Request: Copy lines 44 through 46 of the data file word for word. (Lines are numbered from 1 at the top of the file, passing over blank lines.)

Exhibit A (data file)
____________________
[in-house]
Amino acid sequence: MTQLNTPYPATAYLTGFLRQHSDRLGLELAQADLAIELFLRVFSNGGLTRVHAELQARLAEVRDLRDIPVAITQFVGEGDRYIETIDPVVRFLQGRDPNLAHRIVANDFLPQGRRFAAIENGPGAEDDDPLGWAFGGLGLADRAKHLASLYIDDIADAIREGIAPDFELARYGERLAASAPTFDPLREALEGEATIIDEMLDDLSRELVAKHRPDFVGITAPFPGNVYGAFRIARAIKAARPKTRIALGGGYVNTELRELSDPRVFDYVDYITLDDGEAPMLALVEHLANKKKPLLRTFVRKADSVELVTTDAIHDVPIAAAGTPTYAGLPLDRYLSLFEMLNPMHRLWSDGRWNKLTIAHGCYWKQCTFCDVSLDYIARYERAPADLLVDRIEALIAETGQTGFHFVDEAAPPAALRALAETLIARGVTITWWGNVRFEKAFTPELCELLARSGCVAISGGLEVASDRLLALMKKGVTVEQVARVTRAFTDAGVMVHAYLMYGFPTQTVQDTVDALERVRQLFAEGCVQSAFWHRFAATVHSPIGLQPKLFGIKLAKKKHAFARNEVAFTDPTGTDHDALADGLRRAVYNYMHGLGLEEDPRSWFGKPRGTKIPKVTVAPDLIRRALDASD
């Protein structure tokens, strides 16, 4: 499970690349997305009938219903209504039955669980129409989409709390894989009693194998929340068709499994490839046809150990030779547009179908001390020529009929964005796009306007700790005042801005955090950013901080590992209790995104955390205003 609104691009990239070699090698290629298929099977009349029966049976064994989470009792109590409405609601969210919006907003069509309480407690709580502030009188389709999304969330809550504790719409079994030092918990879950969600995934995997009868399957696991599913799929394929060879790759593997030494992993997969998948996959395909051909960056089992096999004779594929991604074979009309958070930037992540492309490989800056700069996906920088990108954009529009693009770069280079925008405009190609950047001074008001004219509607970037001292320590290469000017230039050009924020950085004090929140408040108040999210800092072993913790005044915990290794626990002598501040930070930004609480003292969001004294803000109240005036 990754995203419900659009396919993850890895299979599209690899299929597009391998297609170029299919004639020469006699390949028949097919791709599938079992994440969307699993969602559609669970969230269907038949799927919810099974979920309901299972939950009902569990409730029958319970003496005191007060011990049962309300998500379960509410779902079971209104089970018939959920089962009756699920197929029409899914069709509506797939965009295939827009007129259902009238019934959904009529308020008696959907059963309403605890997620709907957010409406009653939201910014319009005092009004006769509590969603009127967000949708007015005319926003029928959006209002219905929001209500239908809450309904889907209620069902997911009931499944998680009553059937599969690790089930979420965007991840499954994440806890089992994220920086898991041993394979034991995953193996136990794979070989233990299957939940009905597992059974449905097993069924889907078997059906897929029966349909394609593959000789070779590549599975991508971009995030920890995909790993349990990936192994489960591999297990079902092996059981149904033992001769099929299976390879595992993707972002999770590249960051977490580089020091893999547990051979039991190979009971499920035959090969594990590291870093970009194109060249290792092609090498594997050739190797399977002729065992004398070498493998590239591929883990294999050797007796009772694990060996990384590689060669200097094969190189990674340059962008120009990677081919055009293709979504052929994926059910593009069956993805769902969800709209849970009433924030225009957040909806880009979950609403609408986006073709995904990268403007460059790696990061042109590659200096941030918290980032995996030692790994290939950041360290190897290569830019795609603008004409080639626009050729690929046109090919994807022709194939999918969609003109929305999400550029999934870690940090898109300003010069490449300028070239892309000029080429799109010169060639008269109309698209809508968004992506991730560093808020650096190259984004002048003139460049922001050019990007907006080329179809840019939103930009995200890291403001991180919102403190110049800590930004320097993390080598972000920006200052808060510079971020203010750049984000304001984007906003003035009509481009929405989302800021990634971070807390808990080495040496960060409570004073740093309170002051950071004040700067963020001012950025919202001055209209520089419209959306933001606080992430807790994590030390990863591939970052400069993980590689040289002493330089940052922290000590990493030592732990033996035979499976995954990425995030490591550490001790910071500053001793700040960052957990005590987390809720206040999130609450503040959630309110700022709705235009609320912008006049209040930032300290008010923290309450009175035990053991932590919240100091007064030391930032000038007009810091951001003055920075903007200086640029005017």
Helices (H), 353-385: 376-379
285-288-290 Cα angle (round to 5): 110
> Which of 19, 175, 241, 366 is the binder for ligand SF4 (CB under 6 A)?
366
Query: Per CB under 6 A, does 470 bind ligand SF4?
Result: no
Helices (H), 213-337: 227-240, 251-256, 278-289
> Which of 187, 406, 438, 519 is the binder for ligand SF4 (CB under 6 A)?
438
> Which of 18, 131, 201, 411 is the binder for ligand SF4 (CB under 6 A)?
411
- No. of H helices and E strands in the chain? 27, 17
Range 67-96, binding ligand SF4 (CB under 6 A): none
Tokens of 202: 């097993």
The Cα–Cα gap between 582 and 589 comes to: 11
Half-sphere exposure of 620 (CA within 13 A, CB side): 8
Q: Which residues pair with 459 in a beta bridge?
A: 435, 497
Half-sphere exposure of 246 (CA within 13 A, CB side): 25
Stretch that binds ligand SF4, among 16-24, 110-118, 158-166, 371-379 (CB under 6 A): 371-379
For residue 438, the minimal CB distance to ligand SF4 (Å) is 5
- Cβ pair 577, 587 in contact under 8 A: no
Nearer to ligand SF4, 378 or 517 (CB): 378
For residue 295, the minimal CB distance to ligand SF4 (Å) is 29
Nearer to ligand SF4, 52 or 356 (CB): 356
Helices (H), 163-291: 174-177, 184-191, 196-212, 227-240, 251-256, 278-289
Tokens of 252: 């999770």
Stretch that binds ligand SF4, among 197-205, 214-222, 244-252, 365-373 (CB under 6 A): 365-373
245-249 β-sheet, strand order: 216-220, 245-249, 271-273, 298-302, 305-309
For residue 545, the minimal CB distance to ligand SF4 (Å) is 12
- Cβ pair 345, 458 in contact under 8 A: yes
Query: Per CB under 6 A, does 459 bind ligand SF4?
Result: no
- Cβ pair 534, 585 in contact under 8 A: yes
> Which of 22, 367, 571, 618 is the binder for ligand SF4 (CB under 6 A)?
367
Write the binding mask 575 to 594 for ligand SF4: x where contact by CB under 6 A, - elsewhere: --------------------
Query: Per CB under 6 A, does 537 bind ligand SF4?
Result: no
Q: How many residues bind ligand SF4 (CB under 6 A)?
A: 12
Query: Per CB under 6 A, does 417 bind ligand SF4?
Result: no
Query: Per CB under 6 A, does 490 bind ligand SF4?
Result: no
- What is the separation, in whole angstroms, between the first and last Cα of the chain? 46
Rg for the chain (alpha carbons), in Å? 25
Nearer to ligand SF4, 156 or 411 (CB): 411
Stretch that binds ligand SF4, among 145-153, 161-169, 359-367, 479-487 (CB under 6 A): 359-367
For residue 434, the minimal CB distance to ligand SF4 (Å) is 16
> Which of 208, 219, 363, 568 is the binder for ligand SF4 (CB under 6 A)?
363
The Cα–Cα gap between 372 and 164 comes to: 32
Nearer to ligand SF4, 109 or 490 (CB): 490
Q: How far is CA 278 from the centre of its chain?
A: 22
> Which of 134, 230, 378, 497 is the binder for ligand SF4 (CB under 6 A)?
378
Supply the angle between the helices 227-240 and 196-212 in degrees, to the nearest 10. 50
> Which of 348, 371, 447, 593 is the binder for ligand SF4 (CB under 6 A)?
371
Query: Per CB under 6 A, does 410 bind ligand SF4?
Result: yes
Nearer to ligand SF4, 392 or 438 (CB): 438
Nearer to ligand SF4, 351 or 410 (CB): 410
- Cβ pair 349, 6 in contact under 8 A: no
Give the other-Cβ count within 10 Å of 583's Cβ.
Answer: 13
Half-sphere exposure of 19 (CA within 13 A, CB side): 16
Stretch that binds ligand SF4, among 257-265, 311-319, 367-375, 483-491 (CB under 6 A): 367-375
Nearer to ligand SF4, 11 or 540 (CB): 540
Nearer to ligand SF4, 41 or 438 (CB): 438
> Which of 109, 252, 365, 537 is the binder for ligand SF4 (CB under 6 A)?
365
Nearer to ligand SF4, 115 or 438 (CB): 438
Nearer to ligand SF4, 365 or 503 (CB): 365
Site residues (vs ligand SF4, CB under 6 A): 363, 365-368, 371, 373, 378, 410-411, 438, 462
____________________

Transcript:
A: 12
Query: Per CB under 6 A, does 417 bind ligand SF4?
Result: no